Borland JBuilder 3
JBuilder 3 is a good tool for compiling, running, and debugging the
programs in Computing
Concepts with Java 2 Essentials.
Note: JBuilder 1 cannot compile Java 2 programs and therefore
cannot be used with the book. JBuilder 2 can be configured to compile Java
2 programs if you also install the JDK, but it cannot debug them. I do not
recommend that configuration for Java 2 programming. If you are using
JBuilder 1 or 2, I suggest that you upgrade to JBuilder 3.
Compiling a program
To compile a program, follow these steps:
- Select File | New... from the menu. You get a dialog box like
Double-click on the Project icon.
Tip: To bypass this dialog, simply select File | New
- You get the project wizard dialog:
- Use the Browse button to pick a directory for your work, such
as yourname\homework. Come up with a name for the
project (such as Hello or Homework1).
Tip: It is best to use a separate directory for each project.
- You can leave the other entries with their default values--they
aren't important. Click on Finish. You get a screen that looks
Note: If you already have an HTML file with the same name as
your project (such as a file with an APPLET tag), you will be
asked whether that file should be replaced. In that case, answer No.
- Click on the folder icon with the green +.
You get a file dialog. Type in the name of your Java file (such as Hello.java).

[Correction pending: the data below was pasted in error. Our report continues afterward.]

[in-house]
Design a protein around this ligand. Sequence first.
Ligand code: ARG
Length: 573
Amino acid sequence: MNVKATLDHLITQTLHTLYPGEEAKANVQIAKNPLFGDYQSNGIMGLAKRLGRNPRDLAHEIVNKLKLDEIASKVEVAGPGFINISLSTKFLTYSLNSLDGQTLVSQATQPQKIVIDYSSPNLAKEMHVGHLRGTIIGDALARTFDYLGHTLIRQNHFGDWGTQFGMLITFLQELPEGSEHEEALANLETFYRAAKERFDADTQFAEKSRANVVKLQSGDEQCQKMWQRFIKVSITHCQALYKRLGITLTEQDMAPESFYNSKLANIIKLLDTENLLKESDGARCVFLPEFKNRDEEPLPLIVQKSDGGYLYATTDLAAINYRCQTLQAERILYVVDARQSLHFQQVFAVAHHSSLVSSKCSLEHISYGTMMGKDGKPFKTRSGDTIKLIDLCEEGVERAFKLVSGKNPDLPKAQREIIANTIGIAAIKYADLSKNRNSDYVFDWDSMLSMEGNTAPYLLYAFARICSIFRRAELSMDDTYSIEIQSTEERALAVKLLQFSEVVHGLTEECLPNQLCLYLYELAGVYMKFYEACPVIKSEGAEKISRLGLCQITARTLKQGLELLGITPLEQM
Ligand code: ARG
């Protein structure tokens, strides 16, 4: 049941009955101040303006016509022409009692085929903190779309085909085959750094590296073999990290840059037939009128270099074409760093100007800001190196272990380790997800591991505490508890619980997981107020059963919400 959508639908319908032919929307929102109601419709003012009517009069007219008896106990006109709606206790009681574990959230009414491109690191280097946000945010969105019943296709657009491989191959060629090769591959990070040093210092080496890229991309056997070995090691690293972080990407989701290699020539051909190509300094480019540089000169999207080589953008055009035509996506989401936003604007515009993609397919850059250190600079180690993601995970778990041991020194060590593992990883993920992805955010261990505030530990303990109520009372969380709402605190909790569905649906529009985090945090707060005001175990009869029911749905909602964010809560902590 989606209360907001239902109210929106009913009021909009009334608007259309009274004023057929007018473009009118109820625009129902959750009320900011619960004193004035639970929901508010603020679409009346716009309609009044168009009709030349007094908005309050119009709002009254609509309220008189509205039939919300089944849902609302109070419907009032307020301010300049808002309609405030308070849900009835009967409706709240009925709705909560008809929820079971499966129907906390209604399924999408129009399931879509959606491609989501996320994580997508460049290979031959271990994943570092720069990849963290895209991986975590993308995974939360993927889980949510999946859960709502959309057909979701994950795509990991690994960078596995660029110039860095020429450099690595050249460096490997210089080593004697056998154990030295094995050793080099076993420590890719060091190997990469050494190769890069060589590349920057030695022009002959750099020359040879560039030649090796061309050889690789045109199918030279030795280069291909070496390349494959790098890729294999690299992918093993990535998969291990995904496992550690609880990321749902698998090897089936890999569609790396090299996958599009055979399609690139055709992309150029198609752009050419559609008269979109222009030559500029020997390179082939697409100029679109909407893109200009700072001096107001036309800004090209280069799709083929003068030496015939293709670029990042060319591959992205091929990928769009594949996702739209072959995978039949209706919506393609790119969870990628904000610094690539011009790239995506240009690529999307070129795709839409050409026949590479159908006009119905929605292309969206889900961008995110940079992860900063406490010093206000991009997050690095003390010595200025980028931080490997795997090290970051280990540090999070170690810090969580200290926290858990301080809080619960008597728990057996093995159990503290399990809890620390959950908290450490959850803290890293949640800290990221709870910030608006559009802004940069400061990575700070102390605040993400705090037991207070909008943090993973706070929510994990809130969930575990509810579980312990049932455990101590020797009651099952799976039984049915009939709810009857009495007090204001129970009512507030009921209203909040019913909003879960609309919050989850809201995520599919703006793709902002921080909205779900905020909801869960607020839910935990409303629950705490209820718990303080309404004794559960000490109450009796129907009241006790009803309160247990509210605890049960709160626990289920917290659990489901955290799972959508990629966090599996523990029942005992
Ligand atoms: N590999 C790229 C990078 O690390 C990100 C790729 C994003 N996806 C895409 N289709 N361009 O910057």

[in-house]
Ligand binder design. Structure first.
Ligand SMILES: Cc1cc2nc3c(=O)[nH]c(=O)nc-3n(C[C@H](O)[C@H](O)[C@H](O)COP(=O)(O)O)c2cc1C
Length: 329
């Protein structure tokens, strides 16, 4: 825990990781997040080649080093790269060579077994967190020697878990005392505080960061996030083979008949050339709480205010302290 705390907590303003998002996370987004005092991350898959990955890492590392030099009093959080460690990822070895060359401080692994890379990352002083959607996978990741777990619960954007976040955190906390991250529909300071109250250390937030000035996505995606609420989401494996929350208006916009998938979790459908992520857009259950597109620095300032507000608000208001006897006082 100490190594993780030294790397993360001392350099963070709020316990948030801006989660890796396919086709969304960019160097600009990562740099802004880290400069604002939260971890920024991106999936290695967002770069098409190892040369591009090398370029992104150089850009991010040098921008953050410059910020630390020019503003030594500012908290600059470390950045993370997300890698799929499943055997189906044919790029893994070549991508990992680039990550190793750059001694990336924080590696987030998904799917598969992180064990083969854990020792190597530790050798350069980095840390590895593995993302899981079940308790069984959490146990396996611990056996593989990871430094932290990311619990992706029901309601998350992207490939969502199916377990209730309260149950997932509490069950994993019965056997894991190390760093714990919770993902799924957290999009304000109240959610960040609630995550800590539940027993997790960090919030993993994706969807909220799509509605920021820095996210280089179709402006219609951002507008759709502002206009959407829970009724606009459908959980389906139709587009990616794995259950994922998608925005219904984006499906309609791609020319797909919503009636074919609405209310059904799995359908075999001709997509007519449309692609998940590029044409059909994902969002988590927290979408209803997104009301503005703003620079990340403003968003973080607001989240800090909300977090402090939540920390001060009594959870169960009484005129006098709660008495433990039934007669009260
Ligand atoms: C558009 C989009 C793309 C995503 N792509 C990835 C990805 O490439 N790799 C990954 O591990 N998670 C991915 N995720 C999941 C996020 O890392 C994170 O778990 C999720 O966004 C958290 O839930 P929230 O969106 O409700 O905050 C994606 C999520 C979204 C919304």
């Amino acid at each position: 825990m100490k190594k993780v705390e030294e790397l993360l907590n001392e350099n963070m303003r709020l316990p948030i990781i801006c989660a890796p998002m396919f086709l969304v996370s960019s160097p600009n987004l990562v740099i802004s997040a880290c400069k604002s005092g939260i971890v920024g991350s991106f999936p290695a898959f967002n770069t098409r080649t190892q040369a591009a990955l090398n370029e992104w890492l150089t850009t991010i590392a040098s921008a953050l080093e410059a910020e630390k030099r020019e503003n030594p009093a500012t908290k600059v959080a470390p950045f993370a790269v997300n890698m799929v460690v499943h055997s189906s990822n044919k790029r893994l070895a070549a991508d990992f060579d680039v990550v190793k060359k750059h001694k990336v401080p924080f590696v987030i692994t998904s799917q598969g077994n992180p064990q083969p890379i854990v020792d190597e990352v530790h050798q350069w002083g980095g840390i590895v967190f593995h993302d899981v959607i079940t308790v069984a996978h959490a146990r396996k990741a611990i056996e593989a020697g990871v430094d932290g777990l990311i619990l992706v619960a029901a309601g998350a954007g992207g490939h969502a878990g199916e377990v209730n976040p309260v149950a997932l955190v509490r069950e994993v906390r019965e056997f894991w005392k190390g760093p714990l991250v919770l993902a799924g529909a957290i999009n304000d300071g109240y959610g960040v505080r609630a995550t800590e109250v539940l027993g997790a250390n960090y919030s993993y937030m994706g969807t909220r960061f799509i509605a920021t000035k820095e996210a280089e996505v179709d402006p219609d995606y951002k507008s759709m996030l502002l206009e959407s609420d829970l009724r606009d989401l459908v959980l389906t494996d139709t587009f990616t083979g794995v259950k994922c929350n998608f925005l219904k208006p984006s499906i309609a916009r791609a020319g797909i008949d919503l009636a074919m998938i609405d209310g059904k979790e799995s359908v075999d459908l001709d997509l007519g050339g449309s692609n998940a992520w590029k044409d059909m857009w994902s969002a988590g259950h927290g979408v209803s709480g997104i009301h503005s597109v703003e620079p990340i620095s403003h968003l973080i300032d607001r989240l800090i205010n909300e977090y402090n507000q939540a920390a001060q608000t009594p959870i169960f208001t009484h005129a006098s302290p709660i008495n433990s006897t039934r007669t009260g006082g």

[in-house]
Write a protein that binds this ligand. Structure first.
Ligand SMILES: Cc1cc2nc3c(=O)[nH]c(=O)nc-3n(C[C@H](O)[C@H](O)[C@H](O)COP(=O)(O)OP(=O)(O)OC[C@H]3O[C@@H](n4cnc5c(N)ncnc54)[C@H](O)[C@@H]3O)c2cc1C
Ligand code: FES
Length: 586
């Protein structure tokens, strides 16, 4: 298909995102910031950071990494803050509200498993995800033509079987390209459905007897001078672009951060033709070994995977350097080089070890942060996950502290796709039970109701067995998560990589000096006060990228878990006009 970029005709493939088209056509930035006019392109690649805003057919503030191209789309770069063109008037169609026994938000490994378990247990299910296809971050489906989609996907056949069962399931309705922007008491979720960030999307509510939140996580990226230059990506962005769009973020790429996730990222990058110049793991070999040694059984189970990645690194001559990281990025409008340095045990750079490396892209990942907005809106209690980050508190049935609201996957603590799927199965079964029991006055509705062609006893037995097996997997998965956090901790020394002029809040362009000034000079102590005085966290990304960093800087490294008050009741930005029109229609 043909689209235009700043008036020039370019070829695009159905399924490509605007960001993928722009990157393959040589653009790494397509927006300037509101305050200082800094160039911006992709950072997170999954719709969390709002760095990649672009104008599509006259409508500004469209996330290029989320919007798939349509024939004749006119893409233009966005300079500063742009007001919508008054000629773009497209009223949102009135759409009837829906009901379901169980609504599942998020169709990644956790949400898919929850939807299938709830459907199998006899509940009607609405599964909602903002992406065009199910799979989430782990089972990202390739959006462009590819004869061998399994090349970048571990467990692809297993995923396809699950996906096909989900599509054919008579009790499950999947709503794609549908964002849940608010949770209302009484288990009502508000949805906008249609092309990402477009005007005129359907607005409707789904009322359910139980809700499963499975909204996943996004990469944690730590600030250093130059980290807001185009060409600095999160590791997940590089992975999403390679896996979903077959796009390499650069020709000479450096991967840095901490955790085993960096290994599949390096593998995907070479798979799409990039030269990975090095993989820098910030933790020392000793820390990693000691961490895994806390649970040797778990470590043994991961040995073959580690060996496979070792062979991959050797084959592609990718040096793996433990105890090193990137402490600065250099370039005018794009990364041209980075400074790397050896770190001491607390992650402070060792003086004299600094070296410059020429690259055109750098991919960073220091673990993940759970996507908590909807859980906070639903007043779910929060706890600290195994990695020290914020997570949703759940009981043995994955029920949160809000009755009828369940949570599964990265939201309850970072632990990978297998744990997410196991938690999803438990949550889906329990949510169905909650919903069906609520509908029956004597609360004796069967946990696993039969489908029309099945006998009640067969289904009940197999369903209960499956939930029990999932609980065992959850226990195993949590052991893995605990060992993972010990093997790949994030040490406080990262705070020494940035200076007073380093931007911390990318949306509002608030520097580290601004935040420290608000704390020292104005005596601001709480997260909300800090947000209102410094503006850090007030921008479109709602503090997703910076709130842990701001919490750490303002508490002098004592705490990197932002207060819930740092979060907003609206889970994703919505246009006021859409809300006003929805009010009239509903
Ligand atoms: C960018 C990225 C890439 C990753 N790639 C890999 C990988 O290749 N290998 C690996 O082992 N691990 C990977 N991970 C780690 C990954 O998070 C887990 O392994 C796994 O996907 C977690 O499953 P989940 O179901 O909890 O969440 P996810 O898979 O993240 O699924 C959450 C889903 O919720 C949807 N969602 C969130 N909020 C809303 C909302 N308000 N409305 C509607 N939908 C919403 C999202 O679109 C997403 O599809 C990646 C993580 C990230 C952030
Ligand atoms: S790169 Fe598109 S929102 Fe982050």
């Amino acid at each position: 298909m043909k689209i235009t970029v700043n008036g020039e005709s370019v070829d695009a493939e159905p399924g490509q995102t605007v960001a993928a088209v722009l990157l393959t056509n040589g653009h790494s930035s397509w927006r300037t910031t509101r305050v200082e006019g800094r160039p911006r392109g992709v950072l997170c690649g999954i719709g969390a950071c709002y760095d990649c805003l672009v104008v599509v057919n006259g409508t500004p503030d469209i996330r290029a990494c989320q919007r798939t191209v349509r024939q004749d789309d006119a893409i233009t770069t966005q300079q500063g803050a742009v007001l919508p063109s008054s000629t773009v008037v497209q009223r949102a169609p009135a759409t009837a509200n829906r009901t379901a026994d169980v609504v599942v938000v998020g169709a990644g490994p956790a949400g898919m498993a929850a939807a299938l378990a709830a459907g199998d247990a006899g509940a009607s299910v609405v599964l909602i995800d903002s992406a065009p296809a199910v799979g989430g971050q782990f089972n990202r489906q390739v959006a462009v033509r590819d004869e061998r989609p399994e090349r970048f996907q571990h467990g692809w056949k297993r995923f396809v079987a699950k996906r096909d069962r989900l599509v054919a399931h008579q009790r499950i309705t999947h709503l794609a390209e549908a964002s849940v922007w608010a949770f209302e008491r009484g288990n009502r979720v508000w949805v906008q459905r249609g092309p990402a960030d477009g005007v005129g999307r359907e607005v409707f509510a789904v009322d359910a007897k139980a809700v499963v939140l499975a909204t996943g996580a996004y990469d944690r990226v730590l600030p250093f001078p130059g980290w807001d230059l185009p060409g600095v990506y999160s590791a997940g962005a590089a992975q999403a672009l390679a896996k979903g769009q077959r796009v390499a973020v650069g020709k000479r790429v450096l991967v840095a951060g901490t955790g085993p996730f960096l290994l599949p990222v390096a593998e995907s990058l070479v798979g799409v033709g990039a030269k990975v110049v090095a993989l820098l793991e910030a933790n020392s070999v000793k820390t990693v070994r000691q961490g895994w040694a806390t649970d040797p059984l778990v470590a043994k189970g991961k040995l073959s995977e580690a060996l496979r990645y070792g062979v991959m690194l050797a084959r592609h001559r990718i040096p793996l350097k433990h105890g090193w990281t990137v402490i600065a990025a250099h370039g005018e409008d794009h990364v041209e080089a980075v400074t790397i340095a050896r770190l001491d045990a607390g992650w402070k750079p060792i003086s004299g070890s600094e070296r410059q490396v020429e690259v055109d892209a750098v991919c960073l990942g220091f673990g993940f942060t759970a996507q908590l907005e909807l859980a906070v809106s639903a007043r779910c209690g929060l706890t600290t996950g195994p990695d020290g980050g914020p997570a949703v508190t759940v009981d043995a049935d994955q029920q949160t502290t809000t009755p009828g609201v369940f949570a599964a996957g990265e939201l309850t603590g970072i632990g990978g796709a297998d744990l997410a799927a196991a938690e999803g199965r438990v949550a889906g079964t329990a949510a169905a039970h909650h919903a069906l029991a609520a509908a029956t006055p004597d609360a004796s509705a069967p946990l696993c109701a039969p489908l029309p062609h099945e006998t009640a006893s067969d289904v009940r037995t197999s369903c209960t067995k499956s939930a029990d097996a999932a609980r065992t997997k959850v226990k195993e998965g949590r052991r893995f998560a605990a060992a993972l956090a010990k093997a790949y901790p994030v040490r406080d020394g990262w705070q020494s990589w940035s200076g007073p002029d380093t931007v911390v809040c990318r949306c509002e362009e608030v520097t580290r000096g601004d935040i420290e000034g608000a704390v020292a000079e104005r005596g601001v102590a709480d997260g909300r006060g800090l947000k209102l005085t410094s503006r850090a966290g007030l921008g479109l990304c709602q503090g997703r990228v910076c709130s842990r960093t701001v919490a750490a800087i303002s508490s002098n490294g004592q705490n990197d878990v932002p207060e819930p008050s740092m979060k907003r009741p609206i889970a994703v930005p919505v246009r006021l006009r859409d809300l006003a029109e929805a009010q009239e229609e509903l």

If the file doesn't yet exist, then confirm that you want to create a
- Type your program into the Source window. Save your file by
choosing File | Save from the menu. Your window should look like
- Select Project | Properties from the menu. Set the Source
and Output directories to the same directory as your project
file (such as yourname\homework).
Note: Setting the source path is not necessary for
compiling and running the program, but it is required to run the
debugger. The debugger won't find your source files if you don't set the
source path. Setting the output path is not strictly necessary
for compiling and running, but if you use the default output path, all
classes are dumped into the same directory, and you get unsightly
warnings about classes with missing source.
- Select Project | Make Project . . . from the menu. Fix any
compiler errors that may occur.
Running a program
Running your program is slightly different depending on whether you run
Running a console application
To run a console application, follow these steps:
- Choose Project | Properties from the menu. Click on the Run/Debug
tab. You will get a dialog like this one:
Uncheck the Close Console Window on exit check box. Click OK.
- Select Run | Run . . . from the menu. Your program will run.
- When your program is finished, type Ctrl+C to return to
Running an applet
To run an applet, follow these steps:
- In the project tree on the left hand side of the project window,
click on the HTML file. Then click on the Source tab on the
bottom of the window. You get a display like this:
- I recommend you simply remove all project notes text and enter the
APPLET tag instead.
If you use the "Project Notes" feature, you can keep your
notes and insert the APPLET tag directly after the BODY
- Select Run | Run . . . from the menu. Your applet will run
inside the applet viewer.
- Close the applet viewer window when you are finished running the
Running a graphical application
To run a graphical application, follow these steps:
- Select Run | Run . . . from the menu. Your graphical
application will run.
- Close the appication window when you are finished.